(5/16) Validity and repeatability of a new test for aniseikonia.
PURPOSE: The Aniseikonia Inspector 1.1 (AI) is a new software product to measure aniseikonia using red-green anaglyphs. The purpose of this study was to test whether the AI is a valid and reliable test. METHODS: There were two groups of sample subjects: one at risk of aniseikonia, with anisometropia greater than or equal to 1.00 D (n= 29), and a control group (n= 45). The validity was studied by comparing the measured aniseikonia with the aniseikonia simulated with size lenses. The reliability was estimated by the Bland-Altman statistical method. RESULTS: The results showed that the AI underestimated aniseikonia and that the underestimation was greater in the horizontal than in the vertical direction. The reliability was low, with biases that were clinically insignificant, but the 95% limits of agreement were around +/-2%. The behavior of the test was similar in both groups of subjects. CONCLUSIONS: The reliability of the AI is only moderate, and professionals are therefore warned to use the results of this test with caution. (+info)
(6/16) Effect of aniseikonia on fusion.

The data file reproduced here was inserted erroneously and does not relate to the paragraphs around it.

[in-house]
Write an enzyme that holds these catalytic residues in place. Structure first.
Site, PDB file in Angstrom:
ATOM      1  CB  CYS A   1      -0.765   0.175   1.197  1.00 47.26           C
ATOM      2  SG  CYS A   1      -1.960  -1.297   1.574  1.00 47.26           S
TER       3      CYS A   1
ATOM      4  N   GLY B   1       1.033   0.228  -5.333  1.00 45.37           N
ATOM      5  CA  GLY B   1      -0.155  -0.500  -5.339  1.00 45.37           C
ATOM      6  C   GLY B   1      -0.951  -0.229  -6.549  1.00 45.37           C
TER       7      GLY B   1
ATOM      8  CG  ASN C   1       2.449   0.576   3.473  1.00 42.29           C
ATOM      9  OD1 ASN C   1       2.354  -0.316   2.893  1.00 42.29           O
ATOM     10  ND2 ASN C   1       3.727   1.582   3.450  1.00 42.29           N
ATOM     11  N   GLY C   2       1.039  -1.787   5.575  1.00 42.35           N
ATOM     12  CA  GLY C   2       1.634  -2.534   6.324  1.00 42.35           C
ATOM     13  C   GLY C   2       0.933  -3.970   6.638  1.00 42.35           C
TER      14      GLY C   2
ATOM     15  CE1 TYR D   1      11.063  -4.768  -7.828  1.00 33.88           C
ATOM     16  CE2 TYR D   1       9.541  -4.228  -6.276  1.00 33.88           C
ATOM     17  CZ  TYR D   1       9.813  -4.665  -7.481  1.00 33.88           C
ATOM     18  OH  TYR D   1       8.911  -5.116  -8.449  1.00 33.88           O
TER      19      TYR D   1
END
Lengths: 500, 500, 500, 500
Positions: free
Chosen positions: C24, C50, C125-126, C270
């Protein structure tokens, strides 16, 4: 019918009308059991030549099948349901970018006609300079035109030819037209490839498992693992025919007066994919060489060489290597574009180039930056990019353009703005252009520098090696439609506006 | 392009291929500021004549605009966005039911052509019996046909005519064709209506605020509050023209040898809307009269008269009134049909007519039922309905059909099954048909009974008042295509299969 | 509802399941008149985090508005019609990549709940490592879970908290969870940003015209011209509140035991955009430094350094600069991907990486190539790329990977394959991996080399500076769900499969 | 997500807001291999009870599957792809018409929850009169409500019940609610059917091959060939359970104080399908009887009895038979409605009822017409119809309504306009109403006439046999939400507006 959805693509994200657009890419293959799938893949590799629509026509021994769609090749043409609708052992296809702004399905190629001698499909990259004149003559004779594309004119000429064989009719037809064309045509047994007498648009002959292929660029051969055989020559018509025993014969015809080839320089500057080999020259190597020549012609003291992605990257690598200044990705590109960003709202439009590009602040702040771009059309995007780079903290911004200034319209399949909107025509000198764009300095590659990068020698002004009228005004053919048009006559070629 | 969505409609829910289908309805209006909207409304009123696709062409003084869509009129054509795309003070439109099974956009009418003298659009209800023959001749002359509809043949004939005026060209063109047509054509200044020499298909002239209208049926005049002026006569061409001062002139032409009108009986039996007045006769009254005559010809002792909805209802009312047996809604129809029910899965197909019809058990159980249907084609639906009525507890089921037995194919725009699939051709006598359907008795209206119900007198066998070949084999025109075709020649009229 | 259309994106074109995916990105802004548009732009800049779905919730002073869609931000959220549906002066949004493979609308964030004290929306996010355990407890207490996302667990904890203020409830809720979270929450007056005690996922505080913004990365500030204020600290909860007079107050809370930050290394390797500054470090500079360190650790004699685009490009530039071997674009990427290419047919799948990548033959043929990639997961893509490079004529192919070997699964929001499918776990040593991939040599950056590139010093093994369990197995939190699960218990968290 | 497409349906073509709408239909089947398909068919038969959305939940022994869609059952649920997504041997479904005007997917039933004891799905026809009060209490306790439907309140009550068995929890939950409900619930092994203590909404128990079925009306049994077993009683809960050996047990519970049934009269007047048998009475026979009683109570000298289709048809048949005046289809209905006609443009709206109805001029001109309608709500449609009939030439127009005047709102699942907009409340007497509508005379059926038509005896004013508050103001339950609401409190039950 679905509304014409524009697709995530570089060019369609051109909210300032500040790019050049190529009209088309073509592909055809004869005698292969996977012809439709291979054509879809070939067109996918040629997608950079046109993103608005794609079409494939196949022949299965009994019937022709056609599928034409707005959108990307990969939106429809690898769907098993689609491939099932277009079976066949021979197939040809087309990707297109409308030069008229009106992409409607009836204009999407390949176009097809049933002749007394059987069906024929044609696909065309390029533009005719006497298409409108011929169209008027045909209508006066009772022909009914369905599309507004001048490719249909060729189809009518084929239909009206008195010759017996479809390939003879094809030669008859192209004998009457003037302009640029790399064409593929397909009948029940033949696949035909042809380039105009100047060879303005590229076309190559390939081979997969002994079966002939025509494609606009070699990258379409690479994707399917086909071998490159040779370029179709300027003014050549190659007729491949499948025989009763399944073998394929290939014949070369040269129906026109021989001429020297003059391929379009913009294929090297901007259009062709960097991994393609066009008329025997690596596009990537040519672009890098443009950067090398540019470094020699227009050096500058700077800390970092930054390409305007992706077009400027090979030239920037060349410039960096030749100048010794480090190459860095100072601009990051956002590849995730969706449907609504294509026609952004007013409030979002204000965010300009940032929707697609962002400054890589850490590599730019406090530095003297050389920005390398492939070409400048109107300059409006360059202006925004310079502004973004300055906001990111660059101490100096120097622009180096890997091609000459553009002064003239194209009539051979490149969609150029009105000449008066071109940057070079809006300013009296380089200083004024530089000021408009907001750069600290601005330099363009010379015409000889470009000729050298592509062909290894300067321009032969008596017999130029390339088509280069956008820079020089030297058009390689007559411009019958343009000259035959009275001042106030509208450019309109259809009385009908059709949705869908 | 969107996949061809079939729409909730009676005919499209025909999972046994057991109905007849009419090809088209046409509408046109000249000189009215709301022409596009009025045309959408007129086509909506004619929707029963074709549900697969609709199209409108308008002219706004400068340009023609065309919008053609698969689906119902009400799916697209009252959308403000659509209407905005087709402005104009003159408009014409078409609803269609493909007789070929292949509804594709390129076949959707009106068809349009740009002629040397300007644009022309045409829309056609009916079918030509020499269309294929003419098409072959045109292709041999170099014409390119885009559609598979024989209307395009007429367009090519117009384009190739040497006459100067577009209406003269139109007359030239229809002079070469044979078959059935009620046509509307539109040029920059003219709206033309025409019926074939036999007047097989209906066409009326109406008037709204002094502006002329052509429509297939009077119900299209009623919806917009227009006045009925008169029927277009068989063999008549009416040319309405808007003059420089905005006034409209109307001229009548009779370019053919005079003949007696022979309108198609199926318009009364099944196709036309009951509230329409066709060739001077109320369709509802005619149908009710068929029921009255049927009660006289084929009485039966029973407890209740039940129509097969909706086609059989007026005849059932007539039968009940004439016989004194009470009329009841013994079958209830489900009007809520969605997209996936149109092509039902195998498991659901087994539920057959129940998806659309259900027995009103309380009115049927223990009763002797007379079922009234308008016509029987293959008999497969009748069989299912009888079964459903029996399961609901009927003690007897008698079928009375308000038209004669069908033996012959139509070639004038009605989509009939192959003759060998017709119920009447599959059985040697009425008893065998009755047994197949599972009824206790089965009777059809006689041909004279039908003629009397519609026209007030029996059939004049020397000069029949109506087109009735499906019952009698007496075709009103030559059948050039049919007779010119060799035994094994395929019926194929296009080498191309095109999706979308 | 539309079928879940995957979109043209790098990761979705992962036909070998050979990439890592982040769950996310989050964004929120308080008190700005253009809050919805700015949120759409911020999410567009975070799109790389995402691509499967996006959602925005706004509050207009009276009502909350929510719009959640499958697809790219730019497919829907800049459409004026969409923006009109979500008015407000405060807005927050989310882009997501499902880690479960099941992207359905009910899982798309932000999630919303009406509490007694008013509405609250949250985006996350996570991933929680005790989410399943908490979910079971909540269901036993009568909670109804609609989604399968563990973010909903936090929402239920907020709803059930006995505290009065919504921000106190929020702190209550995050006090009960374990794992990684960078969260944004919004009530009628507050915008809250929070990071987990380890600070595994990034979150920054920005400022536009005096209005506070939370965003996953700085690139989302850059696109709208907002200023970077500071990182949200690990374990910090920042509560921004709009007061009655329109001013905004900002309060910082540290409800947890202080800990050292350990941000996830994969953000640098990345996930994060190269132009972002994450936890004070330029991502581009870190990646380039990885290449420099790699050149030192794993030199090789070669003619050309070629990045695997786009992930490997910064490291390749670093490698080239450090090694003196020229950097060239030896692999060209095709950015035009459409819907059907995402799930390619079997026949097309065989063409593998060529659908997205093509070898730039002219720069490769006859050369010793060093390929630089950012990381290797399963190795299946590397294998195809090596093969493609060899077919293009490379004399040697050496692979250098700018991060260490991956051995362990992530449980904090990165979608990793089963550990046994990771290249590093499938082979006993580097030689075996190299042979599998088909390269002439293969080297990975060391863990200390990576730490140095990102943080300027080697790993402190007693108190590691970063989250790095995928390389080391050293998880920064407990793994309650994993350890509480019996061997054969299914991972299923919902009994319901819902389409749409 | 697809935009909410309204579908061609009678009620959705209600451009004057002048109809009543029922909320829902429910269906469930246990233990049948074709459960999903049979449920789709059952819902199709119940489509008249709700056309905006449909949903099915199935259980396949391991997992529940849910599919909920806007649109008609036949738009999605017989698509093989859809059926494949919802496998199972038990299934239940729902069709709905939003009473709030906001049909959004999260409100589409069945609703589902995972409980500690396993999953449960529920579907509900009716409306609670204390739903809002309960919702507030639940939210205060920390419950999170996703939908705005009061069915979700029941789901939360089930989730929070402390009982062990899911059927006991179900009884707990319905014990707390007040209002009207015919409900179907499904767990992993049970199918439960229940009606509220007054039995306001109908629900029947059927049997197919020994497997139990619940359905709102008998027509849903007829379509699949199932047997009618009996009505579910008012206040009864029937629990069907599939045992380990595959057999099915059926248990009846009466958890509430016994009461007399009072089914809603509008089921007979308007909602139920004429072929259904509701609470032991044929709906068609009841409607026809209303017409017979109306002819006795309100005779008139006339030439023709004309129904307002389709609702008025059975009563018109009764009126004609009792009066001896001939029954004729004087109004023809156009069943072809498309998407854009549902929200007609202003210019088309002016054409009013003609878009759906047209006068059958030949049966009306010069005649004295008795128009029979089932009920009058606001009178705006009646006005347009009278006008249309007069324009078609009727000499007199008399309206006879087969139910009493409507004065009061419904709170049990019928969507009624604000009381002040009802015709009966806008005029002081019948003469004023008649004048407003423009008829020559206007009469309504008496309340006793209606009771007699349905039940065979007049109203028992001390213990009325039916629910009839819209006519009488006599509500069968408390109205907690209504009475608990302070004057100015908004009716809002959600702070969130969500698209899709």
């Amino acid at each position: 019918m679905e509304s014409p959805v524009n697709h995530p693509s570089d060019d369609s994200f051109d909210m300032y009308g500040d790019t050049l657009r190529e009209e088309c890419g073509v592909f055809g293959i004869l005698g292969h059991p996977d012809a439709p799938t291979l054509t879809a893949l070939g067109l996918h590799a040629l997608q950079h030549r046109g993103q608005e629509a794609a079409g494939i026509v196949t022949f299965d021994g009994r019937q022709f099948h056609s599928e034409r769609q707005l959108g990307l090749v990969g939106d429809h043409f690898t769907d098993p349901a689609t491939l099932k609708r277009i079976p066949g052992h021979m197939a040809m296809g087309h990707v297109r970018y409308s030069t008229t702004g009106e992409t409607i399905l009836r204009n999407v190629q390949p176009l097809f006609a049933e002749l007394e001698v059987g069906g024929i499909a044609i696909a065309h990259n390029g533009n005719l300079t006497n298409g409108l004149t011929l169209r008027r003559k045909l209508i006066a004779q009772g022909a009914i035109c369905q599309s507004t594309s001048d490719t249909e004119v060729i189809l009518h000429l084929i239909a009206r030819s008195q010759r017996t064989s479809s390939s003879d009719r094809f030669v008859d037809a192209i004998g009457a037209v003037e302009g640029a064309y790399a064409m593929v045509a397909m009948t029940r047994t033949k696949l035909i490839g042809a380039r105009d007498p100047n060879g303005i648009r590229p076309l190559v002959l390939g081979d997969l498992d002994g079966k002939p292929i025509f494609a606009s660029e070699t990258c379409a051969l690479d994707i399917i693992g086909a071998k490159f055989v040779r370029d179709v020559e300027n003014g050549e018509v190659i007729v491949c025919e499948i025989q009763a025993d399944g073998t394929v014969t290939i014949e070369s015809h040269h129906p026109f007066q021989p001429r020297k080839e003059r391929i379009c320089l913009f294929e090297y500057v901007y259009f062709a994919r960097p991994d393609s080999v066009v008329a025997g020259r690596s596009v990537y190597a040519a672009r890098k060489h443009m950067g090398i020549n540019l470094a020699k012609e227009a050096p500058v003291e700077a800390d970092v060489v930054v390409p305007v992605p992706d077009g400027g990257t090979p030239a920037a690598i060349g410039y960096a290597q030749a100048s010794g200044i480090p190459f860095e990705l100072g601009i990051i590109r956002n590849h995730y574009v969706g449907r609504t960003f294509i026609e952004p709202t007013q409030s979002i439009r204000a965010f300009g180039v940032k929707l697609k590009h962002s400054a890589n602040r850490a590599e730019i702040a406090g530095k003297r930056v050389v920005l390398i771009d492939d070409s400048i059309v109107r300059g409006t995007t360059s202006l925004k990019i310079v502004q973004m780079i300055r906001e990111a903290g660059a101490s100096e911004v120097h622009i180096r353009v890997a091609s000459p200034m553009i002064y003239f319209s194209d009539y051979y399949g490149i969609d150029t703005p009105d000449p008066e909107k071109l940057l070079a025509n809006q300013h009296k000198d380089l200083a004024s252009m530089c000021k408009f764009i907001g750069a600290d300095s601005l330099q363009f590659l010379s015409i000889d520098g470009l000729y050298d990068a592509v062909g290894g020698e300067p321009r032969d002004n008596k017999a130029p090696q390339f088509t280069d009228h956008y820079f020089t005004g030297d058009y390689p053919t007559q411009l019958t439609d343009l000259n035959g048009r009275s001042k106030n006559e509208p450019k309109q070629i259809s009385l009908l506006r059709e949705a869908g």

Physiological aniseikonia is the basis of stereopsis but beyond certain limits it becomes an obstacle to fusion. It is not well established as to how much aniseikonia can be tolerated by the fusional mechanism. Different tests under different testing conditions have given a wide range of variation. On the synoptophore we had observed tolerance upto 35% aniseikonia in some cases. Under more physiological conditions on a polaroid dissociation stereoprojector we observed lesser baseline fusional vergences but tolerance in about 70% of the cases upto 30% aniseikonia while 25% could tolerate even 35% aniseikonia. However we realise that these indicate the maximal potential and not the symptom free tolerable limits. (+info)
(7/16) Magnifications of single and dual element accommodative intraocular lenses: paraxial optics analysis.
(8/16) The effect of lens-induced anisometropia on accommodation and vergence during human visual development.